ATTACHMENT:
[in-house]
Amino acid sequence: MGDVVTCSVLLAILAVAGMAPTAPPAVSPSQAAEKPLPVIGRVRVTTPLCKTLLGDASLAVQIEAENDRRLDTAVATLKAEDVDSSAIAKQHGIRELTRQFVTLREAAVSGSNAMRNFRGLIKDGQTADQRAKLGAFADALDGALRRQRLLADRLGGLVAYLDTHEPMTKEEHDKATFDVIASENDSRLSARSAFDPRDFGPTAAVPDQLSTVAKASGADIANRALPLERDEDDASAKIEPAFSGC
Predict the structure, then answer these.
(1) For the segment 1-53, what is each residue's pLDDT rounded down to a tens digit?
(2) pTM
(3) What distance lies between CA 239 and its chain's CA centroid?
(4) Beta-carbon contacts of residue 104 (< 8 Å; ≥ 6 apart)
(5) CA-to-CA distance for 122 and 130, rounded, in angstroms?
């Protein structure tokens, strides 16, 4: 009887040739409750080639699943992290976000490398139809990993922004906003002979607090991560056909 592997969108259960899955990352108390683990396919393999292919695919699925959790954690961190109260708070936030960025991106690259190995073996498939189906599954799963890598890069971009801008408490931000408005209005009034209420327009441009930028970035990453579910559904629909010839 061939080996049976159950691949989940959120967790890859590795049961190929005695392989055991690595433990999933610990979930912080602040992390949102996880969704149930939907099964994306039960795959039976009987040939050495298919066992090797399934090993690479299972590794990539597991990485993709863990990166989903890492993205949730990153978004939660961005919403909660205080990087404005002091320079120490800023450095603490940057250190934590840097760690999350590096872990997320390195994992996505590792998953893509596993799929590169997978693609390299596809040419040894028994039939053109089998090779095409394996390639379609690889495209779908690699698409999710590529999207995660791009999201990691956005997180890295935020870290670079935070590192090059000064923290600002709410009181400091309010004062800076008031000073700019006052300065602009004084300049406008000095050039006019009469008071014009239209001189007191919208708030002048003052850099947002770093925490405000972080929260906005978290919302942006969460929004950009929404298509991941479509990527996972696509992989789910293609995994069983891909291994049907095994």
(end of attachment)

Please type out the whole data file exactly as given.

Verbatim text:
[in-house]
Amino acid sequence: MGDVVTCSVLLAILAVAGMAPTAPPAVSPSQAAEKPLPVIGRVRVTTPLCKTLLGDASLAVQIEAENDRRLDTAVATLKAEDVDSSAIAKQHGIRELTRQFVTLREAAVSGSNAMRNFRGLIKDGQTADQRAKLGAFADALDGALRRQRLLADRLGGLVAYLDTHEPMTKEEHDKATFDVIASENDSRLSARSAFDPRDFGPTAAVPDQLSTVAKASGADIANRALPLERDEDDASAKIEPAFSGC
Predict the structure, then answer these.
(1) For the segment 1-53, what is each residue's pLDDT rounded down to a tens digit?
(2) pTM
(3) What distance lies between CA 239 and its chain's CA centroid?
(4) Beta-carbon contacts of residue 104 (< 8 Å; ≥ 6 apart)
(5) CA-to-CA distance for 122 and 130, rounded, in angstroms?
């Protein structure tokens, strides 16, 4: 009887040739409750080639699943992290976000490398139809990993922004906003002979607090991560056909 592997969108259960899955990352108390683990396919393999292919695919699925959790954690961190109260708070936030960025991106690259190995073996498939189906599954799963890598890069971009801008408490931000408005209005009034209420327009441009930028970035990453579910559904629909010839 061939080996049976159950691949989940959120967790890859590795049961190929005695392989055991690595433990999933610990979930912080602040992390949102996880969704149930939907099964994306039960795959039976009987040939050495298919066992090797399934090993690479299972590794990539597991990485993709863990990166989903890492993205949730990153978004939660961005919403909660205080990087404005002091320079120490800023450095603490940057250190934590840097760690999350590096872990997320390195994992996505590792998953893509596993799929590169997978693609390299596809040419040894028994039939053109089998090779095409394996390639379609690889495209779908690699698409999710590529999207995660791009999201990691956005997180890295935020870290670079935070590192090059000064923290600002709410009181400091309010004062800076008031000073700019006052300065602009004084300049406008000095050039006019009469008071014009239209001189007191919208708030002048003052850099947002770093925490405000972080929260906005978290919302942006969460929004950009929404298509991941479509990527996972696509992989789910293609995994069983891909291994049907095994």